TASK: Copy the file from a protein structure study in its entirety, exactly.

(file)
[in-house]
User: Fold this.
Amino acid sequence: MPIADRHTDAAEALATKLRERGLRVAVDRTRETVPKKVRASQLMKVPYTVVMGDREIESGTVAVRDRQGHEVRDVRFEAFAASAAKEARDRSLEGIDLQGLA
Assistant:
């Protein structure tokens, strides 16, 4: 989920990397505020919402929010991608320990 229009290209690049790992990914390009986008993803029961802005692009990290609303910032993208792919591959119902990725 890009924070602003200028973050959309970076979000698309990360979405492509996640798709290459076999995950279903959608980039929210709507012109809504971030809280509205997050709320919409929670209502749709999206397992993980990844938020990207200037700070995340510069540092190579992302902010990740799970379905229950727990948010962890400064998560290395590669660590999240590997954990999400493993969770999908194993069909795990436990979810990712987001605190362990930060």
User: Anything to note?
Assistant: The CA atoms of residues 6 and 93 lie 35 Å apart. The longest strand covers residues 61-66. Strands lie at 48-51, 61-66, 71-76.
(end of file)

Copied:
[in-house]
User: Fold this.
Amino acid sequence: MPIADRHTDAAEALATKLRERGLRVAVDRTRETVPKKVRASQLMKVPYTVVMGDREIESGTVAVRDRQGHEVRDVRFEAFAASAAKEARDRSLEGIDLQGLA
Assistant:
């Protein structure tokens, strides 16, 4: 989920990397505020919402929010991608320990 229009290209690049790992990914390009986008993803029961802005692009990290609303910032993208792919591959119902990725 890009924070602003200028973050959309970076979000698309990360979405492509996640798709290459076999995950279903959608980039929210709507012109809504971030809280509205997050709320919409929670209502749709999206397992993980990844938020990207200037700070995340510069540092190579992302902010990740799970379905229950727990948010962890400064998560290395590669660590999240590997954990999400493993969770999908194993069909795990436990979810990712987001605190362990930060």
User: Anything to note?
Assistant: The CA atoms of residues 6 and 93 lie 35 Å apart. The longest strand covers residues 61-66. Strands lie at 48-51, 61-66, 71-76.